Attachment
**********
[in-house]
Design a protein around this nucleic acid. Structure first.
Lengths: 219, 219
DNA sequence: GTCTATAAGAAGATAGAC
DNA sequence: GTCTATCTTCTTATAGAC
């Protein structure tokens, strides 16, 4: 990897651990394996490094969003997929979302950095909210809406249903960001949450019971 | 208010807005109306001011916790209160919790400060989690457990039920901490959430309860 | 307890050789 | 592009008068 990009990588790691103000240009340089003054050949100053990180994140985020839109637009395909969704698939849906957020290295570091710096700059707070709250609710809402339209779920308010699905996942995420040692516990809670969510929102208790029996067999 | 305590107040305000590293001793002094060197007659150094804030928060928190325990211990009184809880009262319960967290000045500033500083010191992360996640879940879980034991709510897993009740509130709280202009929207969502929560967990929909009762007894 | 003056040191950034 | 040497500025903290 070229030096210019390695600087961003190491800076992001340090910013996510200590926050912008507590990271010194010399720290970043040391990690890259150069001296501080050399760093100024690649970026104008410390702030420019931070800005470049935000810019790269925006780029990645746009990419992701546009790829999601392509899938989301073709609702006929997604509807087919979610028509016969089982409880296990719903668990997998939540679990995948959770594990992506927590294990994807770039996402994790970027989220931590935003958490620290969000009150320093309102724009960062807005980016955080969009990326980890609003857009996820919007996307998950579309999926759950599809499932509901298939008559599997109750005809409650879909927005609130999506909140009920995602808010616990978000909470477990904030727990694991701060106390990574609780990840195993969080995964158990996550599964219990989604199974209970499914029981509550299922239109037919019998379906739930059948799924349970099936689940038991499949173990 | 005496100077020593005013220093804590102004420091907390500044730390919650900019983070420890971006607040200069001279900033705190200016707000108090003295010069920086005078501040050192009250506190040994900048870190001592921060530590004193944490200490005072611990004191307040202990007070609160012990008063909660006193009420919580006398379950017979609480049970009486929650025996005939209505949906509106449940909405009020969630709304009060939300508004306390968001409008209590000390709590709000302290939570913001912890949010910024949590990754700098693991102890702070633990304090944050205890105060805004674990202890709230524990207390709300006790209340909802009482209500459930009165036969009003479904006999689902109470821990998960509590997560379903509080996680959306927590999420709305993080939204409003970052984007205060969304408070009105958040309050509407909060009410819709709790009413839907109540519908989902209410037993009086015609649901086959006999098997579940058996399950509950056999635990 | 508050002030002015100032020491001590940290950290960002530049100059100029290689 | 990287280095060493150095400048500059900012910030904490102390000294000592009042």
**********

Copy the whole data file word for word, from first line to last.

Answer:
[in-house]
Design a protein around this nucleic acid. Structure first.
Lengths: 219, 219
DNA sequence: GTCTATAAGAAGATAGAC
DNA sequence: GTCTATCTTCTTATAGAC
């Protein structure tokens, strides 16, 4: 990897651990394996490094969003997929979302950095909210809406249903960001949450019971 | 208010807005109306001011916790209160919790400060989690457990039920901490959430309860 | 307890050789 | 592009008068 990009990588790691103000240009340089003054050949100053990180994140985020839109637009395909969704698939849906957020290295570091710096700059707070709250609710809402339209779920308010699905996942995420040692516990809670969510929102208790029996067999 | 305590107040305000590293001793002094060197007659150094804030928060928190325990211990009184809880009262319960967290000045500033500083010191992360996640879940879980034991709510897993009740509130709280202009929207969502929560967990929909009762007894 | 003056040191950034 | 040497500025903290 070229030096210019390695600087961003190491800076992001340090910013996510200590926050912008507590990271010194010399720290970043040391990690890259150069001296501080050399760093100024690649970026104008410390702030420019931070800005470049935000810019790269925006780029990645746009990419992701546009790829999601392509899938989301073709609702006929997604509807087919979610028509016969089982409880296990719903668990997998939540679990995948959770594990992506927590294990994807770039996402994790970027989220931590935003958490620290969000009150320093309102724009960062807005980016955080969009990326980890609003857009996820919007996307998950579309999926759950599809499932509901298939008559599997109750005809409650879909927005609130999506909140009920995602808010616990978000909470477990904030727990694991701060106390990574609780990840195993969080995964158990996550599964219990989604199974209970499914029981509550299922239109037919019998379906739930059948799924349970099936689940038991499949173990 | 005496100077020593005013220093804590102004420091907390500044730390919650900019983070420890971006607040200069001279900033705190200016707000108090003295010069920086005078501040050192009250506190040994900048870190001592921060530590004193944490200490005072611990004191307040202990007070609160012990008063909660006193009420919580006398379950017979609480049970009486929650025996005939209505949906509106449940909405009020969630709304009060939300508004306390968001409008209590000390709590709000302290939570913001912890949010910024949590990754700098693991102890702070633990304090944050205890105060805004674990202890709230524990207390709300006790209340909802009482209500459930009165036969009003479904006999689902109470821990998960509590997560379903509080996680959306927590999420709305993080939204409003970052984007205060969304408070009105958040309050509407909060009410819709709790009413839907109540519908989902209410037993009086015609649901086959006999098997579940058996399950509950056999635990 | 508050002030002015100032020491001590940290950290960002530049100059100029290689 | 990287280095060493150095400048500059900012910030904490102390000294000592009042």